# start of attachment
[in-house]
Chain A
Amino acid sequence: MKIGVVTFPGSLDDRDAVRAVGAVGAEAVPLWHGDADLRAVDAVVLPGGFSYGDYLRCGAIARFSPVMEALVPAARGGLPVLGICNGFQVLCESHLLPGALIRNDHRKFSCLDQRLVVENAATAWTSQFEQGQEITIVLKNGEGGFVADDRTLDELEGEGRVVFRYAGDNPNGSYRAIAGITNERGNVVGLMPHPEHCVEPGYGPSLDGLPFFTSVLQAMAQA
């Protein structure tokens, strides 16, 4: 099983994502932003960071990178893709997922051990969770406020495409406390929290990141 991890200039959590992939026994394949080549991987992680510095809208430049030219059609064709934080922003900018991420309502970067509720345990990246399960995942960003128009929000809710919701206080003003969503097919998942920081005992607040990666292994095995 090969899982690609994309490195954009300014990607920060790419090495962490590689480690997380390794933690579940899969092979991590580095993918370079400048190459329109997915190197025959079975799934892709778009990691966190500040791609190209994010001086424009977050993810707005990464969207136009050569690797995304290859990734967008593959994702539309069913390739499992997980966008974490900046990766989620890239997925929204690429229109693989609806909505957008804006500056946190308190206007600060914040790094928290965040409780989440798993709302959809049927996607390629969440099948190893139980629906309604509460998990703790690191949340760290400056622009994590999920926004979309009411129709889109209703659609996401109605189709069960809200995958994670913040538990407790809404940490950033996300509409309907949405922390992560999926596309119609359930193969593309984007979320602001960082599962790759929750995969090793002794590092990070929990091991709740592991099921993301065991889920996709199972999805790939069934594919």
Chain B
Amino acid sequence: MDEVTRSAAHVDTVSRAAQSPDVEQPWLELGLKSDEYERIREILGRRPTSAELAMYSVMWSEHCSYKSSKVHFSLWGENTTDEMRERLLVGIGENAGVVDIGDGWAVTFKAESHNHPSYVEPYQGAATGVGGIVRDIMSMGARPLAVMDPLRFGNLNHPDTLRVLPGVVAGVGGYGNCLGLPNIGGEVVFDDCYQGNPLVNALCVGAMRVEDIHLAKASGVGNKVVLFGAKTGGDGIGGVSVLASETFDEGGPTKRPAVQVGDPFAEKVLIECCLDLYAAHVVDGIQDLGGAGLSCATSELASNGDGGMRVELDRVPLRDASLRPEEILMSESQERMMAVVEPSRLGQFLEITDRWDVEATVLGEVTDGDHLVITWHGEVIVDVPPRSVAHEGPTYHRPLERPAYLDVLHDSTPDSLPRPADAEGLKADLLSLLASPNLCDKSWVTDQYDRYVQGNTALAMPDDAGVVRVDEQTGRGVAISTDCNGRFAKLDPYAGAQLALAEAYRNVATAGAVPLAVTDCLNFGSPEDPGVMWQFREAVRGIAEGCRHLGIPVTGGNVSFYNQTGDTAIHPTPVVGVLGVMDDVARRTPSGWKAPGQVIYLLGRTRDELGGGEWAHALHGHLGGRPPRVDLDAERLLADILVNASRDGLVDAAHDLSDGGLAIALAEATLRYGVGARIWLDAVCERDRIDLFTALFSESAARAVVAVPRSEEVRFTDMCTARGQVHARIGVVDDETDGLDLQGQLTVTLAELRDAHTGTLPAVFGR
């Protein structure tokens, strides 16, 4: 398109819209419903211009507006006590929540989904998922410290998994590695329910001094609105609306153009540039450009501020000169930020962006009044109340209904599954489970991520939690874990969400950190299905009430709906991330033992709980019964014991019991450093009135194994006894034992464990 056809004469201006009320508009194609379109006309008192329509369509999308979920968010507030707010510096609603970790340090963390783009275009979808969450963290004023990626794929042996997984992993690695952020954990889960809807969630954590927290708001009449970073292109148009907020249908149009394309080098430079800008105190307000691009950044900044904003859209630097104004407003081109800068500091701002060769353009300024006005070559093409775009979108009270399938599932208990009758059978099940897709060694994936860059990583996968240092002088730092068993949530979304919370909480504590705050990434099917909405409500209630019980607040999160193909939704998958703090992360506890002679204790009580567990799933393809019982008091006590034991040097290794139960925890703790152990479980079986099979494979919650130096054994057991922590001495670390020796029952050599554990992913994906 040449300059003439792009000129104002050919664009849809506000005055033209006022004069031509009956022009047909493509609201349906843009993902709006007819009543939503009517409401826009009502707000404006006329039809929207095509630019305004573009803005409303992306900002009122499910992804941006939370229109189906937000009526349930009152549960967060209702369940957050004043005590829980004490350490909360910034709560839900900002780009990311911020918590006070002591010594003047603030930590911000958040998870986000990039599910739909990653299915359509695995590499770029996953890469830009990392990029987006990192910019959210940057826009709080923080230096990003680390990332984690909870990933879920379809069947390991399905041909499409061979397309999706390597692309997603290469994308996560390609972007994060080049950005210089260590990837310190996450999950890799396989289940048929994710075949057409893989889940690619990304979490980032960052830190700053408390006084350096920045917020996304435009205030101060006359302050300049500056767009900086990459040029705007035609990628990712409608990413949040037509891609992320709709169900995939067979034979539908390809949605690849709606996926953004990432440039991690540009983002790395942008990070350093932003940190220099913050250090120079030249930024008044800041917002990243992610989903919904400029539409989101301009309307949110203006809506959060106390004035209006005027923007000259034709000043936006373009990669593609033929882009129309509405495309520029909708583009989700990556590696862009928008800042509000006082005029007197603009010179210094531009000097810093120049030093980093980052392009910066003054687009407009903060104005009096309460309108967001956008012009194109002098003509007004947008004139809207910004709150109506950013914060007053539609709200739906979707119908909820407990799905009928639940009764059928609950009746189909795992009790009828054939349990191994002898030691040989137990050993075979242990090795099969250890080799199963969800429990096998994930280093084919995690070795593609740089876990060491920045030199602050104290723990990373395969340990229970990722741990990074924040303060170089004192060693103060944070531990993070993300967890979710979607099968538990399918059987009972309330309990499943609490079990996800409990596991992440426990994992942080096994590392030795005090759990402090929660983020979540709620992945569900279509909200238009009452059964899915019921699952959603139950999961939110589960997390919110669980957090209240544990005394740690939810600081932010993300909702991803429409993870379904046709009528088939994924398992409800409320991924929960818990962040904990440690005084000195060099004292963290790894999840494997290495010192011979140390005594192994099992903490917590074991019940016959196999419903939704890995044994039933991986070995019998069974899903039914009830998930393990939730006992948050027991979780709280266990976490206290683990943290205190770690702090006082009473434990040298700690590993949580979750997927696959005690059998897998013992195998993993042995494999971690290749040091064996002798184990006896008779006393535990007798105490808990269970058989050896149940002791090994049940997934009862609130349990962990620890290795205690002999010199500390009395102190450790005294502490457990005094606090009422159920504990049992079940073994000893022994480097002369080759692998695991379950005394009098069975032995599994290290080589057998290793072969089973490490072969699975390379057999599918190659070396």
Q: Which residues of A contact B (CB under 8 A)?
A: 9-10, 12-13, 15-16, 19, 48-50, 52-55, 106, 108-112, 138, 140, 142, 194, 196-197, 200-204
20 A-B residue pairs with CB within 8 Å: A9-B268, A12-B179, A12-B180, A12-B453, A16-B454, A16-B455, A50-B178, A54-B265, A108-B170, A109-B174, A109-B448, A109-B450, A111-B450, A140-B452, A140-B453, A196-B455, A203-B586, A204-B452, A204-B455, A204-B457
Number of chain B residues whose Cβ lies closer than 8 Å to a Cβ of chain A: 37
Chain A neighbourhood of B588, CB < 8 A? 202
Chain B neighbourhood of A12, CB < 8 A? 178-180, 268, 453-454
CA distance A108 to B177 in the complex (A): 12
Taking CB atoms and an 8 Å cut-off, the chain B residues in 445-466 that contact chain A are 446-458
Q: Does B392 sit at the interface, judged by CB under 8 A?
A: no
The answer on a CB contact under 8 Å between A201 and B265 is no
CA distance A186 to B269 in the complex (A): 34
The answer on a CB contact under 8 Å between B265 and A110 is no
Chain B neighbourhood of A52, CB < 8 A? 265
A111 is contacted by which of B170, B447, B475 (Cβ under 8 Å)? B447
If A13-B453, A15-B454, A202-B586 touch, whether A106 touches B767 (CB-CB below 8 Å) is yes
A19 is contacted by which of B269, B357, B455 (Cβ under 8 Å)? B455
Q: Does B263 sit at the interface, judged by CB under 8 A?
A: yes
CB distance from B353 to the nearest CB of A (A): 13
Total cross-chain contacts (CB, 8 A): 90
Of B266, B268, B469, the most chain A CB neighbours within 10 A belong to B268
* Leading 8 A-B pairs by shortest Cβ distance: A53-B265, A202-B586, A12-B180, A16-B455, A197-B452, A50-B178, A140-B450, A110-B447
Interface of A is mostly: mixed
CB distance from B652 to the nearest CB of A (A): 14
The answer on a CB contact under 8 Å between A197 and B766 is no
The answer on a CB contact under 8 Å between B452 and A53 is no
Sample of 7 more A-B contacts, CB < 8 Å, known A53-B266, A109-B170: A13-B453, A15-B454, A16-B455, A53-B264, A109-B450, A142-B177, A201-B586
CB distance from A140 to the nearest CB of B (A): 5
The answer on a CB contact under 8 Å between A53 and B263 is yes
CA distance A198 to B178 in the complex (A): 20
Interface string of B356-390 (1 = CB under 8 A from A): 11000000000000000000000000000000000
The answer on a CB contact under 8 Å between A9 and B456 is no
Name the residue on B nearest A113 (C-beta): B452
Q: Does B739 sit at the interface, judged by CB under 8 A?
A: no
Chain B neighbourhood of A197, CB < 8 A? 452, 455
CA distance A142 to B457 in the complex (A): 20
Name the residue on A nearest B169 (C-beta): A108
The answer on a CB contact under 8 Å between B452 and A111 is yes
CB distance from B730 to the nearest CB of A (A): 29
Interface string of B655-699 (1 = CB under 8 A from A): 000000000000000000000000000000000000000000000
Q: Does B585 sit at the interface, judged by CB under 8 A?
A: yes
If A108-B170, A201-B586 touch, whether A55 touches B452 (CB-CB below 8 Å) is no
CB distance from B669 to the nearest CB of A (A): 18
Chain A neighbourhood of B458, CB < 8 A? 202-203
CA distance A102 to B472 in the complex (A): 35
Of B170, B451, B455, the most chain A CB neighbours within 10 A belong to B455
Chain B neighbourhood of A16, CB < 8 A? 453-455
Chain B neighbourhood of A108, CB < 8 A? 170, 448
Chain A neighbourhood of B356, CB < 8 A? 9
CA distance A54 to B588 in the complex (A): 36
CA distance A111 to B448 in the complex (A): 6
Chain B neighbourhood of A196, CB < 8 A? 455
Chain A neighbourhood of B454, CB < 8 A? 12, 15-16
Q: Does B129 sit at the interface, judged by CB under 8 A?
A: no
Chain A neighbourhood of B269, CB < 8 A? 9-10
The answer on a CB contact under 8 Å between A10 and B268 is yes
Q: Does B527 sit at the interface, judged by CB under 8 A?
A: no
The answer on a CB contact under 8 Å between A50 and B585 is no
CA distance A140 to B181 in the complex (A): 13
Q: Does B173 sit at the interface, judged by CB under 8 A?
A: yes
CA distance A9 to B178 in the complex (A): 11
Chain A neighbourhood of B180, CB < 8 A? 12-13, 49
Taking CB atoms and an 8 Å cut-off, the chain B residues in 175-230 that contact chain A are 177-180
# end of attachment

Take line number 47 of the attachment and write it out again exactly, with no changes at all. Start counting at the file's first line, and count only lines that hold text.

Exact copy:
The answer on a CB contact under 8 Å between B452 and A111 is yes